In the case of Atypical, Rashid actually auditioned a number of actors with autism for the role of Sam before Gilchrist was cast. “The decision to go with Keir over someone on the spectrum was not one we took lightly,” said the creator, who later did cast an actor with autism — Anthony Jacques — as a character named Christopher. “But Keir ultimately felt like the right choice and the right fit because he did such a wonderful job.”

In discussing this issue, both Gilchrist and Highmore stressed their desire to do justice to the characters they’re portraying without resorting to tropes. For Highmore, that meant playing against, as he put it, “that stereotypical version of someone with autism who somehow can't feel. Whereas of course that's the complete opposite.”

Accordingly, Gilchrist noted that playing Sam opened him up emotionally in a way he hadn’t in a long time. “I'd been single for quite awhile when I did the series,” he said, “and it actually opened me up to the idea of dating again for the first time in quite some time.” (He’s now in a committed relationship.)

In The Good Doctor, the task of accessing Shaun’s emotional core is visually accomplished via flashbacks to the character’s traumatic childhood. “Freddie Highmore did such a great job of communicating that there's a lot more going on there,” said Shore. “But the flashbacks allow us to get a glimpse into his mind.”

While Sam and Shaun represent very different places on the autism spectrum, both characters are able to verbally communicate, putting them in line with the majority of portrayals. While Autism Speaks chief program and marketing officer Lisa Goring applauds the increasing number of autistic characters in the spotlight, in the future she hopes to see more depictions of an underrepresented segment of the community. (It's worth noting that Atypical does feature multiple characters representing different points on the spectrum.)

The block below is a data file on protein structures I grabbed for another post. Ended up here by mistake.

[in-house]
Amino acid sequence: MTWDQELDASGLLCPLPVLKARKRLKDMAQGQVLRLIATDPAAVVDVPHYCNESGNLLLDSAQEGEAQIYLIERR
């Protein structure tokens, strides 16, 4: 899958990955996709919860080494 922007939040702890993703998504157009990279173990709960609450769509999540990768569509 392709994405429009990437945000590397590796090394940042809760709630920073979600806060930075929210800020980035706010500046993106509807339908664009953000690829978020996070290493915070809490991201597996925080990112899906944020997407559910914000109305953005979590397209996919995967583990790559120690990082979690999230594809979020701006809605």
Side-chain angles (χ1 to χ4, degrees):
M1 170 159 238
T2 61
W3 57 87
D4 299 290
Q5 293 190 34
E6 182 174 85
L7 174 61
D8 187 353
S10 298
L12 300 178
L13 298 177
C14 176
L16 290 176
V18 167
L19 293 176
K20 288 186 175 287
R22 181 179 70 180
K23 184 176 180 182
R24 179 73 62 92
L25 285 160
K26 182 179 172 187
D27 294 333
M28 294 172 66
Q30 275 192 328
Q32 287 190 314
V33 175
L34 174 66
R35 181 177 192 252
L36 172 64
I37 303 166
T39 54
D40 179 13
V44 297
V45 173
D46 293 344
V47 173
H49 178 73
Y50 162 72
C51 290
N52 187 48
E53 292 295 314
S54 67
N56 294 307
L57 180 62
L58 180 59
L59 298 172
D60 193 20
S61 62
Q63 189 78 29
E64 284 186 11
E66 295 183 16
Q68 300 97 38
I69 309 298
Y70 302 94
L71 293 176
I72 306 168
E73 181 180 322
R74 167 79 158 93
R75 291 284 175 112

“For a portion of our community, they may not be able to communicate verbally,” said Goring. “It doesn't mean that they don't have a lot to say, it's just they have another way to communicate. ... That's a very real experience for a portion of our community that maybe we don't see as much on television.”

For both show creators, the counsel of organizations like Autism Speaks is important, though Shore in particular is wary of becoming too beholden to their input. “I'll be honest, we don't want to be answerable to them,” he said when asked if there were plans to screen The Good Doctor for nonprofits. (An ABC representative later confirmed that the series will indeed be screened for nonprofits). “But we want to be fair, and we want to be honest, and I want the feedback from the people who really know and understand this condition and have looked at this condition in a much deeper way than I have.”

At the end of the day, the numbers bear out one very encouraging fact: multi-faceted portrayals of TV characters with autism are on the rise. That’s good news for viewers who live with the disorder and have rarely seen themselves or their families represented onscreen. Said Rashid: “To meet with people who were basically saying, 'This story hasn't been told, and it's about me,' was really cool.”